Islamic Values and the Gospel -- By: Patrick O. Cate

Journal: Bibliotheca Sacra
Volume: BSAC 155:619 (Jul 1998)
Article: Islamic Values and the Gospel
Author: Patrick O. Cate

Islamic Values and the Gospel

Patrick O. Cate

Patrick O. Cate is President, International Missions, Reading, Pennsylvania, and a former missionary in Iran and Egypt.

Today it is popular to state one’s values, to think them through, write them out, post them in one’s company, school, or institution. Values fire the imagination and drive actions and decisions. In his book The Seven Habits of Highly Effective People, Stephen R. Covey says, “The ability to subordinate an impulse to a value is the essence of the pro-active person. Reactive people are driven by feelings, by circumstances, by conditions, by their environment. Proactive people are driven by values—carefully thought about, selected, and internalized values.”1

Everyone is driven by his or her values, whether they are carefully thought out or not, and whether that person is conscious of them or not. Though people may not state their values, they do live by them. Some individuals also may state one set of values, but in reality live by another set.

Understanding one’s own true values and then understanding another person’s values can promote appreciation. If another person’s values are not understood, he or she may seem strange, odd, or wrong. Understanding values of others helps make sense of their actions and decisions and can often help remove misunderstandings. If a person always wore yellow-tinted sunglasses, eventually he might begin to think everything was yellow. But by understanding someone else’s values, the sunglasses are removed and fewer misunderstandings exist.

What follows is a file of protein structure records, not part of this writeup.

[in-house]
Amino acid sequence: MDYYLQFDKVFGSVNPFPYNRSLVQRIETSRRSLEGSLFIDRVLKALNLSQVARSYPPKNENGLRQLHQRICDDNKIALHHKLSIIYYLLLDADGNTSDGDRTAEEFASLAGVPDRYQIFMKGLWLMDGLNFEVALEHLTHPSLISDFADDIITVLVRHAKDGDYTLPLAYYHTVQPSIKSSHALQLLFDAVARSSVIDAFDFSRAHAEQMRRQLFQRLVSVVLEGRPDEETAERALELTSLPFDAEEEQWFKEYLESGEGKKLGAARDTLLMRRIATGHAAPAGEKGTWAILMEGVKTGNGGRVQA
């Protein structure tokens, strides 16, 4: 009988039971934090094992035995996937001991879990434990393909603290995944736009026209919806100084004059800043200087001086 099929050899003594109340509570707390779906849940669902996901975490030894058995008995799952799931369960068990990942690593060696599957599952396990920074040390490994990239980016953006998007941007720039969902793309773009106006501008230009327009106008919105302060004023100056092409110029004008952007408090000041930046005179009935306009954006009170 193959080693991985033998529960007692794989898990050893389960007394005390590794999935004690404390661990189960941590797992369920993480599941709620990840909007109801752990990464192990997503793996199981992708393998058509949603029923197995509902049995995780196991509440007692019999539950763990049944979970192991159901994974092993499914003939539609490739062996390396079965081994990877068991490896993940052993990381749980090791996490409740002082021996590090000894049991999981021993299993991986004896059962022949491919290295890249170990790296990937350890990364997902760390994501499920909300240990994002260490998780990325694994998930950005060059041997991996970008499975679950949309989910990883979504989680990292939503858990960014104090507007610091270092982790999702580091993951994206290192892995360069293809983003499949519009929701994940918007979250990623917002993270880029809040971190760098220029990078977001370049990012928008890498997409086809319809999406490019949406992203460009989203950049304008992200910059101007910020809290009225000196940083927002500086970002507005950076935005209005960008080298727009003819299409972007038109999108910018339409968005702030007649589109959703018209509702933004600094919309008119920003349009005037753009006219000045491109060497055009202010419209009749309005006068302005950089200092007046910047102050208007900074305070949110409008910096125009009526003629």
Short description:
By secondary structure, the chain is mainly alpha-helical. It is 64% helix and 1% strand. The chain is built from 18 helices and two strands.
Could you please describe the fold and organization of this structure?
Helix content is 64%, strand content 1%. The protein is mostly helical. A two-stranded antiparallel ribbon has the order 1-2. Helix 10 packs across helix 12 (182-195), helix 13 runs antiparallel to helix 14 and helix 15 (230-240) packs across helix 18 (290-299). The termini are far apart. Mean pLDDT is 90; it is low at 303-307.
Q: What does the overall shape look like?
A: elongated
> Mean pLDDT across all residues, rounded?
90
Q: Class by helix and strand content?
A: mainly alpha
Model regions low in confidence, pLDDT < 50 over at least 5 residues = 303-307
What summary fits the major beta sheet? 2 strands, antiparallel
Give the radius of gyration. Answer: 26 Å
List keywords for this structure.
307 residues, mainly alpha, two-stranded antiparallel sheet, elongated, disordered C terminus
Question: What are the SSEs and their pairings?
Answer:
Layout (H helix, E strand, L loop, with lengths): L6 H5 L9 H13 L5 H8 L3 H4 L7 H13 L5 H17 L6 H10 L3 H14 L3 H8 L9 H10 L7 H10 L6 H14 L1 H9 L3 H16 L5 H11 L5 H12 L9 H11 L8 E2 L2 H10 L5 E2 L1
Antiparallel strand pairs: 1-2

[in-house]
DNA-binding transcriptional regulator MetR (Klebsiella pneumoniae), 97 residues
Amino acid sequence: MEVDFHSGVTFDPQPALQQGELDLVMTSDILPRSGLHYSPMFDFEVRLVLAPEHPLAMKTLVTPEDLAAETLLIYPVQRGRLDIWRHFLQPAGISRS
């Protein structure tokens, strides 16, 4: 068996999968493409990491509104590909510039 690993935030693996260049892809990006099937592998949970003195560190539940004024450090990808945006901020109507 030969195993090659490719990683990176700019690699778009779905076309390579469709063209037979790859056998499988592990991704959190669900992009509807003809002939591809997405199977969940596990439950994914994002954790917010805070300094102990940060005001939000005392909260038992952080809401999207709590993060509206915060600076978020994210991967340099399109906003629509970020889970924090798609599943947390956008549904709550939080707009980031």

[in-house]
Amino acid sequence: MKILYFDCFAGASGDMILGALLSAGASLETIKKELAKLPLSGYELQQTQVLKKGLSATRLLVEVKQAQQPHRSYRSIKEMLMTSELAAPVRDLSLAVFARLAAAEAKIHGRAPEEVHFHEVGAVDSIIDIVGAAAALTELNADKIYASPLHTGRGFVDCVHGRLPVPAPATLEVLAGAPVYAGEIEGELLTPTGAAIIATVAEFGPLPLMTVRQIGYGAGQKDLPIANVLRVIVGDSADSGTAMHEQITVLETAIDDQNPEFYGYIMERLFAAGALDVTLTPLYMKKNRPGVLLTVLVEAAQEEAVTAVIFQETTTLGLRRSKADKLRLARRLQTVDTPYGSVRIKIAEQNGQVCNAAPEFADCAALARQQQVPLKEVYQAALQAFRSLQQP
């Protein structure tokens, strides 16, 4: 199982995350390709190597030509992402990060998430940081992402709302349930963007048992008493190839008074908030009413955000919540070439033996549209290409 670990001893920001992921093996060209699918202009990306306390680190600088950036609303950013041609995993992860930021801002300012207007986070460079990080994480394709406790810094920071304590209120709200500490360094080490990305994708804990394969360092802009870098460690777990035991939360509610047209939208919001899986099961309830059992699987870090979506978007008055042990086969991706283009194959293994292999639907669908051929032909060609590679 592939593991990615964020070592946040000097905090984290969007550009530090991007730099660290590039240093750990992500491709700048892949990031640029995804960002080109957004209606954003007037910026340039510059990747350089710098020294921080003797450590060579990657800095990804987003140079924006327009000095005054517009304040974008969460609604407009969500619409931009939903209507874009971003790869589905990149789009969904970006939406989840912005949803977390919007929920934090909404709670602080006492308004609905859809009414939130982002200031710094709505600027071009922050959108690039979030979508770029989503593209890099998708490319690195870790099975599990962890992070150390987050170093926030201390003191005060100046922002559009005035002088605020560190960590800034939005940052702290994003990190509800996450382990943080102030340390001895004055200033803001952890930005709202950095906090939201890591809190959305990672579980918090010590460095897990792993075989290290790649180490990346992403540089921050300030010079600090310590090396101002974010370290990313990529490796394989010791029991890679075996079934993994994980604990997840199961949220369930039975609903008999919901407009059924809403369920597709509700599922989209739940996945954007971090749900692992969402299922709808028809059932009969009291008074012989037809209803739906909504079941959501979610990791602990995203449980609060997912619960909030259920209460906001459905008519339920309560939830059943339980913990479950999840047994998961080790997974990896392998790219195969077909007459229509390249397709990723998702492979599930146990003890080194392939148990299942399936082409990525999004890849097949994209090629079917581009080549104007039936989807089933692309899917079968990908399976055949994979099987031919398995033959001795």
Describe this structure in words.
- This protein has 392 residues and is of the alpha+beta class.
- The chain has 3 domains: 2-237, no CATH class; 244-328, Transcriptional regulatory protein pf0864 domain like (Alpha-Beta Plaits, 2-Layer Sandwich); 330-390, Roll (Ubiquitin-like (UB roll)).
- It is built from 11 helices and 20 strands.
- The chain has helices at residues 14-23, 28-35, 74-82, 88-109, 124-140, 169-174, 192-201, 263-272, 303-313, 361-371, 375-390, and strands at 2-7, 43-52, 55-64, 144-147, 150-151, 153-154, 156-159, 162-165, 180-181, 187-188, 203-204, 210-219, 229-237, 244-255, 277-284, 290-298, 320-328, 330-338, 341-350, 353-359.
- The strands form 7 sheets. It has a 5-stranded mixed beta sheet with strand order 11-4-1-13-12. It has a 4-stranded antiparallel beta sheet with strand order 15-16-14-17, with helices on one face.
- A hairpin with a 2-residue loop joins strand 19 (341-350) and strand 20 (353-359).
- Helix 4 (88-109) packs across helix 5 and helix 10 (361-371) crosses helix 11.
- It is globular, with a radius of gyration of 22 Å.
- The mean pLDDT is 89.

People’s values come from living within their own culture all or most of their lives. It is therefore easy to think that everyone shares those values, or to think that if people do not have those values they are wrong. Therefore it is important to seek to understand others.

Westerners, for example, value individualism and liberty. By self-effort they produce achievement. They appreciate the rights of individuals. They separate their public and private worlds; they value the accumulation of private wealth; they focus on the material and the human. But in the Muslim world opposite virtues are valued.

Christians need to seek to understand Islam from within. This does not mean becoming a Muslim. It does not mean diluting the gospel or accepting theology that goes against Scripture. It does mean learning what Muslims value and discovering what Muslims and Christians have in common and how they are different. Many Islamic values are much closer to biblical values than they are to Western values. Studying Islam and the Mi...

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